Register Forgot login?

© 2002-2019
Encyclopaedia Metallum

Best viewed
without Internet Explorer,
in 1280 x 960 resolution
or higher.

Privacy Policy

Black metal with a pastoral tip - 70%

drengskap, April 30th, 2007

This release caught me on the hop – the title and cover artwork, a reworking of a Millet painting of a peasant wielding a mattock, led me to expect some mellow neofolk. Instead, what you get is ‘melodic black metal influenced by rural medieval themes’ (to quote the press release, which I should have read before slapping the disc in the player!). After readjusting my ears to the black metal frequency, I listened with interest. The Encrimson’d sound has been tagged as ‘Rural Metal’, but sleepy and bucolic this ain’t – they’ve been busy beating their ploughshares into swords.

Encrimson’d is a Minnesota three-piece formed in 1999, featuring Chris Danacek on bass and vocals, Shaun Koelsch on guitar and Jared mason on drums, and Agrarian Menace is their full-length debut. Respect is due to Encrimson’d, who are still unsigned, for creating such a professional-looking and -sounding CD release. Seven tracks extend to 47 minutes.

Folksy influences on black metal aren’t unheard-of. Ukrainian bands like Nokturnal Mortum and Hate Forest have been blending folk music into the blastbeats for ages, creating what is in fact a more radical sound than that of Encrimson’d, who employ folk themes without actually making extensive use of folk instruments. And of course Scandinavian acts like Ulver, Taake and Burzum have frequently made references to Nordic folklore, with Ulver and Taake actually recording songs in Old Norse rather than modern Norwegian. Encrimson’d adhere to a pretty traditional black metal template, with fast and furious (non-triggered) drumming, surging guitar, the occasional acoustic interlude, and vocals alternating between guttural and shrieking. The lyrics are notably free of the kind of Satanic, Odinist and nationalist sentiments normally associated with this kind of music, focussing instead on themes of medieval conflict and revolt, a bit like The Moon Lay Hidden Beneath A Cloud (to make a very non-black metal comparison). The production is raw and organic. There are spoken passages of Czech poetry, reflecting vocalist Chris Danacek’s ethnic background.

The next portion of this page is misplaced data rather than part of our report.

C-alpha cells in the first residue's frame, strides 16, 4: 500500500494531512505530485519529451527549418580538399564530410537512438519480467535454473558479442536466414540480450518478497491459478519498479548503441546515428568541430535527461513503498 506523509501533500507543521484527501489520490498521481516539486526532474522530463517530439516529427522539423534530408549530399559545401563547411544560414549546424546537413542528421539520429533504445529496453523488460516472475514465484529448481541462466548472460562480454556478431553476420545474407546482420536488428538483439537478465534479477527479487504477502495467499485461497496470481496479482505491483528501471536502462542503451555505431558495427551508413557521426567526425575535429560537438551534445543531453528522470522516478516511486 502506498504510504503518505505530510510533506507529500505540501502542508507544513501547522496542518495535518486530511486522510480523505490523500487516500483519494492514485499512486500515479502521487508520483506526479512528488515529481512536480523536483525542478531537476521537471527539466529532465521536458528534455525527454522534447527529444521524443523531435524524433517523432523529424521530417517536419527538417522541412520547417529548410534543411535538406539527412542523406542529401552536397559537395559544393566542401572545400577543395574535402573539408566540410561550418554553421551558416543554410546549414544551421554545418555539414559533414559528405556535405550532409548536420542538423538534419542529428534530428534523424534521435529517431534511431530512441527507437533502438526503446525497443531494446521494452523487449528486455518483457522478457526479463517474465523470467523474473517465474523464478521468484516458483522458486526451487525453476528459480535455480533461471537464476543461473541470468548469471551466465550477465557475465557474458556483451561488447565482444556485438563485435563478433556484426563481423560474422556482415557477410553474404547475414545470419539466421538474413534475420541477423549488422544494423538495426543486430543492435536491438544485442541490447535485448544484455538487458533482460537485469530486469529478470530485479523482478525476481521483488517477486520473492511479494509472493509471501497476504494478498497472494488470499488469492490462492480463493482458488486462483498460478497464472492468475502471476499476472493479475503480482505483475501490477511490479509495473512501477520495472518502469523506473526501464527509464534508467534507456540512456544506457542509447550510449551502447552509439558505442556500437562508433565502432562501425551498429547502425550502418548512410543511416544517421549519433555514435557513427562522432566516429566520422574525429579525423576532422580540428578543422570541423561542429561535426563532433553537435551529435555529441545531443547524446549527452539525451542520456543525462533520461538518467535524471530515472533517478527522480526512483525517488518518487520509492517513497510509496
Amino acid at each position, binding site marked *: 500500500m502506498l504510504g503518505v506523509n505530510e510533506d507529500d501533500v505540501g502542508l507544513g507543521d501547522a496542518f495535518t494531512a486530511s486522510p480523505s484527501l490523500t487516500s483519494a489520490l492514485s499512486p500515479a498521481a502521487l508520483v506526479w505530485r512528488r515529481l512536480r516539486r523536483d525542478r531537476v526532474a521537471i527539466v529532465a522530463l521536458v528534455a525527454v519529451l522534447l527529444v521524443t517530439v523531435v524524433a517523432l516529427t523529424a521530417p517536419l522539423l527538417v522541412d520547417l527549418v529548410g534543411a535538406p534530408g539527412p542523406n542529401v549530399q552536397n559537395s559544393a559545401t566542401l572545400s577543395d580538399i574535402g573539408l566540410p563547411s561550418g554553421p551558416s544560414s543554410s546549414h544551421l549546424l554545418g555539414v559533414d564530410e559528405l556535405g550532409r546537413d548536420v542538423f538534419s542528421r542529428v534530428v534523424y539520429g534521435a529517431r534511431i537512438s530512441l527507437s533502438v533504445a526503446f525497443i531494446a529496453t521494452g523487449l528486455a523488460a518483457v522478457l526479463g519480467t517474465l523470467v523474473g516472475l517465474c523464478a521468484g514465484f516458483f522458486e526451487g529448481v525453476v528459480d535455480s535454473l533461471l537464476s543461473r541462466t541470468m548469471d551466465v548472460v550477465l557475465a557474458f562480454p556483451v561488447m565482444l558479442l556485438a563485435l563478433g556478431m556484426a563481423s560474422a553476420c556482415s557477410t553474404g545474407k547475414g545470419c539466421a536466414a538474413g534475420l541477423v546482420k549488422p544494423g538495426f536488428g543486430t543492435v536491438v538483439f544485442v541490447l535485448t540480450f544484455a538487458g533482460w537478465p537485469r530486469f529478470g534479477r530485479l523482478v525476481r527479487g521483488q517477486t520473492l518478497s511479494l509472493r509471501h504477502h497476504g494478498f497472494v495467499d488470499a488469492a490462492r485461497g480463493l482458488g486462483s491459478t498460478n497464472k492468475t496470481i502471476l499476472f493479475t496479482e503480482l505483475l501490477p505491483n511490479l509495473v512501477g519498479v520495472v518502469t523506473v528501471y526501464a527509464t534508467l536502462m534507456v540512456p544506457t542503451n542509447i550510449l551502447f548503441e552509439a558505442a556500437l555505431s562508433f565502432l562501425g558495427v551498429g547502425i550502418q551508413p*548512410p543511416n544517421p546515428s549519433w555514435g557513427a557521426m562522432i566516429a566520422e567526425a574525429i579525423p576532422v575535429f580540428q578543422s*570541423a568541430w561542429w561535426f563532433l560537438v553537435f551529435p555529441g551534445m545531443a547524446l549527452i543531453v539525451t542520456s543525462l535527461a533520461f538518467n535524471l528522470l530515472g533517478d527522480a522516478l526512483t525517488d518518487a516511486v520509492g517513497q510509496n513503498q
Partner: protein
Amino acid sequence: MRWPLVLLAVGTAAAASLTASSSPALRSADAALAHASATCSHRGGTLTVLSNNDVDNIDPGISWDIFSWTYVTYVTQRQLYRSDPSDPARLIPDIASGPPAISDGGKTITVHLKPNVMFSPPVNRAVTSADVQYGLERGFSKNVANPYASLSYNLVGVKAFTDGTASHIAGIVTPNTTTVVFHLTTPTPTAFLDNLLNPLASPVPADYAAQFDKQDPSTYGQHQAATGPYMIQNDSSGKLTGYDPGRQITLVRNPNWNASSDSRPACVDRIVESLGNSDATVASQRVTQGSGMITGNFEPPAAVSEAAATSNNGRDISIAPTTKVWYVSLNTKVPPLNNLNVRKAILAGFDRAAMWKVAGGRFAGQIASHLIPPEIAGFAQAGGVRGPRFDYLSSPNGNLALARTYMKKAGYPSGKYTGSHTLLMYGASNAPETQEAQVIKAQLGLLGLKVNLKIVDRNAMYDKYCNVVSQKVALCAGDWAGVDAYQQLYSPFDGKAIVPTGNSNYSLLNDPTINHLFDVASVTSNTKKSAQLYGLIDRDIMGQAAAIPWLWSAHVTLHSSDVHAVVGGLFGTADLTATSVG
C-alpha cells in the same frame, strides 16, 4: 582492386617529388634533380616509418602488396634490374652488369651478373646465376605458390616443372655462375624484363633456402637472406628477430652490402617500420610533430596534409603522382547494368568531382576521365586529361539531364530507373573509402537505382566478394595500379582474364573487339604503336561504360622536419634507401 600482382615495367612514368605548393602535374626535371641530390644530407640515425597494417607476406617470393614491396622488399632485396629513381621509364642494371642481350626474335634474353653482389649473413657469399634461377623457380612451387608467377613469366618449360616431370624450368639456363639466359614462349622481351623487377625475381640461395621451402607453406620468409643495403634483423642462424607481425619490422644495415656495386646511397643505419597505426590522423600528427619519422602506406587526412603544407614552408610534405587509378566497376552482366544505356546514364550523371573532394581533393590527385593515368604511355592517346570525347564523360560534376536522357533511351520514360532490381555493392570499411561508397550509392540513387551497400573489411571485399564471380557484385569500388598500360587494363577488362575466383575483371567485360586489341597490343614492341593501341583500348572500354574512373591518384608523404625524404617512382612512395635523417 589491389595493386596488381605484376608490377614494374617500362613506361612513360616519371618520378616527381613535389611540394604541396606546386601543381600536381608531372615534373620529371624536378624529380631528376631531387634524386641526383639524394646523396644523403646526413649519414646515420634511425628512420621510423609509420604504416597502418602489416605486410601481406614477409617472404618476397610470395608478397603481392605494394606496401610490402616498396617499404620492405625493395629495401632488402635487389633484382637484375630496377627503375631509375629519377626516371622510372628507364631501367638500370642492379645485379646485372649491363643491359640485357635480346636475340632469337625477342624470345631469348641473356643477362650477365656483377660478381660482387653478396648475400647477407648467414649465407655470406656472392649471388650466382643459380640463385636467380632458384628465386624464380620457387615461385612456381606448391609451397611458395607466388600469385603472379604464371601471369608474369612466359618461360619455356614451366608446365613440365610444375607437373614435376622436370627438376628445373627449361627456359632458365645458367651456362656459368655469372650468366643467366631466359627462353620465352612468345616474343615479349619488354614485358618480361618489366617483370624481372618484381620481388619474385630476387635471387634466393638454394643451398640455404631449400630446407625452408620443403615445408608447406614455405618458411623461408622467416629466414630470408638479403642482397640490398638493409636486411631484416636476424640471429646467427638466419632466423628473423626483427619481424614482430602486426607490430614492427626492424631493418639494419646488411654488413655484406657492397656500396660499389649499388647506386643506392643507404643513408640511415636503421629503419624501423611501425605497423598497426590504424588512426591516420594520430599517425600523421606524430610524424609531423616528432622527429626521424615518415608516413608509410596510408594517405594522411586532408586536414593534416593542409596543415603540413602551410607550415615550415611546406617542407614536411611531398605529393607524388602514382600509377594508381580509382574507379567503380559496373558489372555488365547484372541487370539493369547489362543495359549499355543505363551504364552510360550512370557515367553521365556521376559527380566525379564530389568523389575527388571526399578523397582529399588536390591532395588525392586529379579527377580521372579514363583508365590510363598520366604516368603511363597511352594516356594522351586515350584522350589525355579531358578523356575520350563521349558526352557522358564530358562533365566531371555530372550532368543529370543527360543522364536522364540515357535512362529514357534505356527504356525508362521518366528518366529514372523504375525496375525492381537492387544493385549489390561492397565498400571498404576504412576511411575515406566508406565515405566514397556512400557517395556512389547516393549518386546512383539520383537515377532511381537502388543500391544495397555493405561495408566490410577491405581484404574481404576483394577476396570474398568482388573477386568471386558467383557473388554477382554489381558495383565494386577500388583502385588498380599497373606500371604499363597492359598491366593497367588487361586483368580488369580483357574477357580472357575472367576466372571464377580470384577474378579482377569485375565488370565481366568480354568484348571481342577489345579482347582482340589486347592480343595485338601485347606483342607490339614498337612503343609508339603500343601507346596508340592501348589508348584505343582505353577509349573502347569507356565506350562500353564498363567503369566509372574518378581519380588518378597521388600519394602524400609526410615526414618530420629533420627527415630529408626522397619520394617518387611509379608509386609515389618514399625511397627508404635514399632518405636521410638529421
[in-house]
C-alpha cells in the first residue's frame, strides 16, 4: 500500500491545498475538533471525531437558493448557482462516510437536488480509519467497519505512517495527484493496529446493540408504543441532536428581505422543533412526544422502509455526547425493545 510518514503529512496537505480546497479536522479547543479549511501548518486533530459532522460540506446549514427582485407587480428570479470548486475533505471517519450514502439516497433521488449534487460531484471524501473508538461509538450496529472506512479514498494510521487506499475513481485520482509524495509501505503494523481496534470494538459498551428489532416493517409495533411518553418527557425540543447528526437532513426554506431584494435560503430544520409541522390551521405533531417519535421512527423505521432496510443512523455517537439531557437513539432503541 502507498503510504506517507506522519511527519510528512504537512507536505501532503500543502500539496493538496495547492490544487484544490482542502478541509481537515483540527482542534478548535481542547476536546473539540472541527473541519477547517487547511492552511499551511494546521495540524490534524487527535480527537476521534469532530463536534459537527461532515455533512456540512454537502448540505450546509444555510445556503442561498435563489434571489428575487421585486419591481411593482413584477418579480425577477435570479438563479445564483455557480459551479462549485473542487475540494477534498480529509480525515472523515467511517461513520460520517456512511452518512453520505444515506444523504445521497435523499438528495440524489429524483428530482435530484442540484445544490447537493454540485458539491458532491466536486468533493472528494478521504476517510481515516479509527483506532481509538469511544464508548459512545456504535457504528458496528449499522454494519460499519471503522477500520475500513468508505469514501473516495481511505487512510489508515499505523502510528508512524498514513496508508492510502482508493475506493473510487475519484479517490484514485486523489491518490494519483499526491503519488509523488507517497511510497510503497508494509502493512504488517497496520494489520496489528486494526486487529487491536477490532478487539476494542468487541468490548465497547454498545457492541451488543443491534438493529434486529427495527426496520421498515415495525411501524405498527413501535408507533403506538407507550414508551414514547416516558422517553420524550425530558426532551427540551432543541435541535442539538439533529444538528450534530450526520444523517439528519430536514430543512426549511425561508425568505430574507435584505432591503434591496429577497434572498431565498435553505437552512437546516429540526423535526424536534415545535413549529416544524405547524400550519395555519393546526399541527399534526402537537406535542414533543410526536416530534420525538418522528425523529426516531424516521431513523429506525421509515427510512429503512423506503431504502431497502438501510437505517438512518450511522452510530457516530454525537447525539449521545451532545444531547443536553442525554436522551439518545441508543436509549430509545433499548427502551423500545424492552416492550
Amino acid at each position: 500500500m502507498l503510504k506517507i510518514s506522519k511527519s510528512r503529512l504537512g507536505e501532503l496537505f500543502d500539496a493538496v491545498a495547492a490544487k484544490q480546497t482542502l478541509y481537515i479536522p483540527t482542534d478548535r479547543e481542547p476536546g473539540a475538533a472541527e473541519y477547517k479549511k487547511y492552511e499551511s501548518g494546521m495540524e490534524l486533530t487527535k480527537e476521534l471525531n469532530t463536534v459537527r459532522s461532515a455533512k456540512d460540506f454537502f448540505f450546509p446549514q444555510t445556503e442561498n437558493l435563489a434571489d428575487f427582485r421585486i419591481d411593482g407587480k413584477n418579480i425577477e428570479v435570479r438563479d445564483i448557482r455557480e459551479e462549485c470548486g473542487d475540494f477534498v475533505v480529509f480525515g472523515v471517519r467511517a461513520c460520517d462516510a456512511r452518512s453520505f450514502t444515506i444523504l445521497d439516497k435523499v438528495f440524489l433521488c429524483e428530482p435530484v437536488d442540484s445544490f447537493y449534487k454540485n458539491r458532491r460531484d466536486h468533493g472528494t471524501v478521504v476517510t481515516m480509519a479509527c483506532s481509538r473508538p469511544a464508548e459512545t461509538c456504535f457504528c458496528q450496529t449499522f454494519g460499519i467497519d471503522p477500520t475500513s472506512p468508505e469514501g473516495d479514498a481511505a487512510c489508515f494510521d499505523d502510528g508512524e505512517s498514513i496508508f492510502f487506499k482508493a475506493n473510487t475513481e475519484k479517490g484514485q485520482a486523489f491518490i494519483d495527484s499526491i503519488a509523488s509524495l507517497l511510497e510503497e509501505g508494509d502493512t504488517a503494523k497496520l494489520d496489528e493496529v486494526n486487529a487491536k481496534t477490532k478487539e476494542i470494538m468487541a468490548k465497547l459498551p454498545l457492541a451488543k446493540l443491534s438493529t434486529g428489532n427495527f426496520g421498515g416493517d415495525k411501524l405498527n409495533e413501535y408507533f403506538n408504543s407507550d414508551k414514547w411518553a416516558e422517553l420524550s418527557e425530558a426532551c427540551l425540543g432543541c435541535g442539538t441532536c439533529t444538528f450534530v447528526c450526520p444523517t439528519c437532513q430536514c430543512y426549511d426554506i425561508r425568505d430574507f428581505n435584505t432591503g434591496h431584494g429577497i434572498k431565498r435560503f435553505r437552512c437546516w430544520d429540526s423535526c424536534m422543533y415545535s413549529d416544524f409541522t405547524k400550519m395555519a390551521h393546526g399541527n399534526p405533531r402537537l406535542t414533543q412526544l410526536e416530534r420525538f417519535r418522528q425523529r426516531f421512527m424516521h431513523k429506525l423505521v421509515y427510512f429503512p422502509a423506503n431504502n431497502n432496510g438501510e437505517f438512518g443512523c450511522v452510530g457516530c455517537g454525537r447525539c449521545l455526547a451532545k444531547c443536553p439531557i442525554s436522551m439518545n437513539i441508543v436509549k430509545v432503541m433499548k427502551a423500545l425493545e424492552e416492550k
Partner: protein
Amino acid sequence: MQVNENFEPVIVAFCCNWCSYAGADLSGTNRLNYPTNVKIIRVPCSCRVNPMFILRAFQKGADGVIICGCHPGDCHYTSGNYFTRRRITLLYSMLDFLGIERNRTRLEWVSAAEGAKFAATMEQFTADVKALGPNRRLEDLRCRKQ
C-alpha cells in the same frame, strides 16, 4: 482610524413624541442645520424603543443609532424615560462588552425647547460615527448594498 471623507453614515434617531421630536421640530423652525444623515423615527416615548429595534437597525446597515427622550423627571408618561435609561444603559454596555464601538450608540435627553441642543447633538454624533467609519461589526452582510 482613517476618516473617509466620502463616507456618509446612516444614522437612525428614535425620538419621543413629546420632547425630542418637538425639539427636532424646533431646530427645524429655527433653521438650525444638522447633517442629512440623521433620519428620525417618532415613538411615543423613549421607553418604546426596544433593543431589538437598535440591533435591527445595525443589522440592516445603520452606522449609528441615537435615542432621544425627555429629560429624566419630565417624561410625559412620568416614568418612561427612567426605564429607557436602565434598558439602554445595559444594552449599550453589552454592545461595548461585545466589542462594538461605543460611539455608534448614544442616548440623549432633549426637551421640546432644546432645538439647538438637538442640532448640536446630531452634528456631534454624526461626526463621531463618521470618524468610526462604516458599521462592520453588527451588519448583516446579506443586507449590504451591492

Encrimson’d aesthetics and lyrics are more original than the music, but this is still above-average black metal, which manages to be distinctive in a genre which is increasingly overstuffed with undistinguished and indistinuishable bands. The Encrimson’d website has two tracks from Agrarian Menace to download if you want to find out what they sound like, including ‘The Piper’s Tale’, which is the standout track on the album in my opinion.